It’s Super Bowl Time — But for NFL, Unsettling Developments Make it Much More
For the NFL, this is the week of The Game.
It’s Super Bowl time.
But for the NFL, unfortunately, it is much more.
Unsettling developments have arisen, ranging from the never-ending challenge of hiring minority head coaches, to the alarming accusation of an owner offering to pay a head coach to lose games in order to gain the top pick in the draft.
Brian Flores, the deposed head coach of the Miami Dolphins brought suits against the Dolphins, the New York Giants and the Denver Broncos alleging a pattern of racist hiring by the league and racial discrimination during the interview process in Denver and New York, as well as during his time with the Dolphins.
Flores was fired following a season in which his team started the year 1-7, then won 8 of its last 9 games.
He accomplished a winning record in 2020 as well, but owner Stephen Ross cited communication problems under Flores’ watch as a key in his release.
Flores responded with the lawsuits, along with the startling allegation that Ross offered him $100,000 for each game the Dolphins lost in 2019.
In sports parlance, it’s called “tanking”.
In achieving the worst record in the league, Miami would be able to draft a much-needed quarterback, namely Joe Burrow, who ironically has led the Cincinnati Bengals to the Super Bowl against the Los Angeles Rams.
But the Dolphins won five games, including their last two, according to Flores, draw the ire of Ross.
This charge, by the former head coach, is just about the worst accusation that can be made in sports.
Purposely losing can lead to federal charges involving bribery and the fixing of games.
There is nothing more serious.
Combined with the charges of overt discrimination in hiring practices, Flores’ allegations represented a one-two punch to the NFL.
At first, the league’s immediate reaction was that there was no merit to the charges.
But Commissioner Roger Goodell has since changed course, admitting that the league has done an “unacceptable” job in its diversity of head coaches, and promised an independent panel to examine any issue relating to the integrity of NFL games.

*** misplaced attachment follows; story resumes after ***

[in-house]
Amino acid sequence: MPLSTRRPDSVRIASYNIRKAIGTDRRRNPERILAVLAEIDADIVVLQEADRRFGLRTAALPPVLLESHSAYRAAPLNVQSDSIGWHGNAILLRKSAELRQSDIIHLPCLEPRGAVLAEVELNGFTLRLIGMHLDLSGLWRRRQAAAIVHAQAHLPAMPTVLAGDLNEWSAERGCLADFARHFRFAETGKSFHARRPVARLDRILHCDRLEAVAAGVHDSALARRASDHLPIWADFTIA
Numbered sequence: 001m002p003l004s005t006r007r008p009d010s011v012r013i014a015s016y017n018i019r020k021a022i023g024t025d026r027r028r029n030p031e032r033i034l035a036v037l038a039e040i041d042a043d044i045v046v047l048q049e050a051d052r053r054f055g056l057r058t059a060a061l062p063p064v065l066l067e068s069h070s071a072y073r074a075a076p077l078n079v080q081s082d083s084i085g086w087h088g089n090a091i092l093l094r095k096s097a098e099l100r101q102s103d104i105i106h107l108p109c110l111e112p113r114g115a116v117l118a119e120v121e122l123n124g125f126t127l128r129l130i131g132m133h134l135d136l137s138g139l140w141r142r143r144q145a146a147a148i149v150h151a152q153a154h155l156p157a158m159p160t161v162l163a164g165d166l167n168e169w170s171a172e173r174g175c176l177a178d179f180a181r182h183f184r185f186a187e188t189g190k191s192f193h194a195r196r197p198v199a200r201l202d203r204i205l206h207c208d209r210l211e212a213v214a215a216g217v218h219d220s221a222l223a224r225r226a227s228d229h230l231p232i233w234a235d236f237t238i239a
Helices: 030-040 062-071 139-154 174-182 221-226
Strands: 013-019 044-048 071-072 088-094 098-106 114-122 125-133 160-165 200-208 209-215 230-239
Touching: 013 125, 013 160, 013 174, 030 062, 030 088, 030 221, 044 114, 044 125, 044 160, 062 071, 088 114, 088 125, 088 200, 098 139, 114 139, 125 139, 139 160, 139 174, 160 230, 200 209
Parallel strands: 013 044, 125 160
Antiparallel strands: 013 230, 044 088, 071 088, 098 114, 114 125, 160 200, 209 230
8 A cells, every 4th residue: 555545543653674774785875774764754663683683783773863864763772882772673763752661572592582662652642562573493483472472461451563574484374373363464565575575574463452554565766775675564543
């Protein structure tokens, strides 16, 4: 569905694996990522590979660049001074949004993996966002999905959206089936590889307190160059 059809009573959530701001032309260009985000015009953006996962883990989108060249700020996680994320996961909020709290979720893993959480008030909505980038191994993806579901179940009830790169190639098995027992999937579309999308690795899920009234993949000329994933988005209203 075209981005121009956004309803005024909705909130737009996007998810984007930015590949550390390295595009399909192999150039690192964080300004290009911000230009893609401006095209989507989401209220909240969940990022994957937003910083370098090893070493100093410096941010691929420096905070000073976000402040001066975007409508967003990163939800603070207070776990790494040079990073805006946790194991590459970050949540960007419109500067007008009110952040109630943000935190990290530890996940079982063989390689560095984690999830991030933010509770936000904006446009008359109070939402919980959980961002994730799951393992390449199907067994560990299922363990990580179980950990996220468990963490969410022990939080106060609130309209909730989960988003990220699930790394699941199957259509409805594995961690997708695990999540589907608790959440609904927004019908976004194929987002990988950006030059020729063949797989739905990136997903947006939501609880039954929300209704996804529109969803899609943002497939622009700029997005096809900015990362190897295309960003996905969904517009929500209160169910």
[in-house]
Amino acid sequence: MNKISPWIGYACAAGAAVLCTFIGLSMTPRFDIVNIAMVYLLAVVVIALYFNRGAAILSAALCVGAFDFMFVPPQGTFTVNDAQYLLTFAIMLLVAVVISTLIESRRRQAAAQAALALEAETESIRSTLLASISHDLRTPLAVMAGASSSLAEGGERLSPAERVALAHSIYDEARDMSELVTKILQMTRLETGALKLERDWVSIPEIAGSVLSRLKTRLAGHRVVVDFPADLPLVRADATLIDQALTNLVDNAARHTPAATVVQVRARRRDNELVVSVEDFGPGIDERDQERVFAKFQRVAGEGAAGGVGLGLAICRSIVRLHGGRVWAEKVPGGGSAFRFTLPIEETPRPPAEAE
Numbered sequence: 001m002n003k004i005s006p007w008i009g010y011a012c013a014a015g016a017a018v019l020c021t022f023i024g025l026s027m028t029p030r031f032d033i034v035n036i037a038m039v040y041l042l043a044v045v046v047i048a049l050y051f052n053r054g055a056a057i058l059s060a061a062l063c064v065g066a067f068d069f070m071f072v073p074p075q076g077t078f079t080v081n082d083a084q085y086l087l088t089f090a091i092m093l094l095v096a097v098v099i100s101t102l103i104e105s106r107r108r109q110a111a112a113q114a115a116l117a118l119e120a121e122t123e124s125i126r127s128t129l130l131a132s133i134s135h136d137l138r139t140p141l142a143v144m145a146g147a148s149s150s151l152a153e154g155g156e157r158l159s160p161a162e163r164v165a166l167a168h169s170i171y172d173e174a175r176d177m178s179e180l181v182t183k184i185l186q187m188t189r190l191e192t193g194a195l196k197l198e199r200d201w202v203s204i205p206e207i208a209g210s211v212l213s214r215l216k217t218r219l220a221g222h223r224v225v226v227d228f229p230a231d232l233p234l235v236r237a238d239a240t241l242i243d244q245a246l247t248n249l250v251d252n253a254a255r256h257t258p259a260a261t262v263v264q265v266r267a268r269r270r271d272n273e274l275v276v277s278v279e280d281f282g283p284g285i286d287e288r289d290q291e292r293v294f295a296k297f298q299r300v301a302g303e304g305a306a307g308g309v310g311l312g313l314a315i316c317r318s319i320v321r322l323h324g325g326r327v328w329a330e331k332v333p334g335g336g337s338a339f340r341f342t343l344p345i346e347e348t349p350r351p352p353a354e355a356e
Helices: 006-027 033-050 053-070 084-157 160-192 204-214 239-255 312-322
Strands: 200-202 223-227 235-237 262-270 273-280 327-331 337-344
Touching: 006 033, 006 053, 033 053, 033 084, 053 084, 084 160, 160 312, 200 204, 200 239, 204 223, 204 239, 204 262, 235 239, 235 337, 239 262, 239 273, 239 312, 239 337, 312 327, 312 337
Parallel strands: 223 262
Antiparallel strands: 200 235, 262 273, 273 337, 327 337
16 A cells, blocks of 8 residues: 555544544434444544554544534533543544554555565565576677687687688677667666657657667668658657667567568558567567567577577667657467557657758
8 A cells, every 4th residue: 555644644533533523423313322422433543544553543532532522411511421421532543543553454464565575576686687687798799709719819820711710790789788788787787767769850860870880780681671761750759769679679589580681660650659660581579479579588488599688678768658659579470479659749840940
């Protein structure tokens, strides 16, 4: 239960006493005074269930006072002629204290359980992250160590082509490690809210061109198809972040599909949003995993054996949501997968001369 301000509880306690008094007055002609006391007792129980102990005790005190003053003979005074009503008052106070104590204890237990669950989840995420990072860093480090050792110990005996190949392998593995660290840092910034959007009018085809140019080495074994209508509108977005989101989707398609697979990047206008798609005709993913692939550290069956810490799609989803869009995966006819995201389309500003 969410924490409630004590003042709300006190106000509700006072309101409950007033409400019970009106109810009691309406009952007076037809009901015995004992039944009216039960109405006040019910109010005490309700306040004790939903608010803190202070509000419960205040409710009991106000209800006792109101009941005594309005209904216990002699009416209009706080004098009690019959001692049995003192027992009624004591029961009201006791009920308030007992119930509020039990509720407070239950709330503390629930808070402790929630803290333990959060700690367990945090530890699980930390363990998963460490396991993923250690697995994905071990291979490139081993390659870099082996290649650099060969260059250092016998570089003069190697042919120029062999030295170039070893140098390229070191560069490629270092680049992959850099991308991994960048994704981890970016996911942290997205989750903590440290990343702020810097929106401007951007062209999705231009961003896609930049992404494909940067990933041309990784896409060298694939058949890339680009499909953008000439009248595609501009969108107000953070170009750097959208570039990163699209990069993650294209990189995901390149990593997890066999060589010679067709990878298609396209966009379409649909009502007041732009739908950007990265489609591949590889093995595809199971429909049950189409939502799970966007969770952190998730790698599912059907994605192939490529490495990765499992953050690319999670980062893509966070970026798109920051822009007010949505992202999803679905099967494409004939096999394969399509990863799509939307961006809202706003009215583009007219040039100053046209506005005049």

There are more elements to the story, but what I’ve set up here is the gist of the hectic happenings of the past week.
As far as the hiring of minorities is concerned, it is difficult to discern whether teams are sincere in giving minorities the opportunity to become head coaches.
There is the Rooney Rule, named after the late owner Dan Rooney of the Pittsburgh Steelers, requiring every team in search of a head coach, to interview at least two minority candidates in their process.
But it is virtually impossible to know whether teams are merely going through the motions in following the rule.
Flores alleges that teams are doing just that.
Frankly I have no idea how to tell owners who they should hire as head coaches.
On the subject of losing games on purpose, how absurd is it for any owner to demand coaches to lose games.
How does the coach go about this?
How does he tell his team at the beginning of the week’s practice that the idea in the next game is to lose?
Players work all week to try to win the next game.
They do not care at all about the draft.
Their performances are recorded on tape for everyone in the league to see.
What player wants anything else, but for all to see his best?
Their jobs are constantly on the line.
Stephen Ross, along with the other clubs involved in the lawsuit vehemently denied the accusations of Brian Flores on every level, even intimating defamation of character charges against Flores.
You have to think about proof, witnesses, and evidence in the accusations by a man I got to know a bit, and to me, is a solid individual.
Brian Flores has undoubtedly, at age 40, with success as a head coach, is apparently sacrificing his career with all that has transpired.
We’ll see how this all plays out.
But it has been an ugly week for the NFL at the worst possible time.
Super Bowl week, when it should be all about celebrating the game.
Ah, yes, the game.
The term Cinderella is often overused in discussing sports matchups.
But this year’s Super Bowl is a legitimate example of a Cinderella entry.
The Cincinnati Bengals were a lowly laughing-stock in the league as recently as two seasons ago.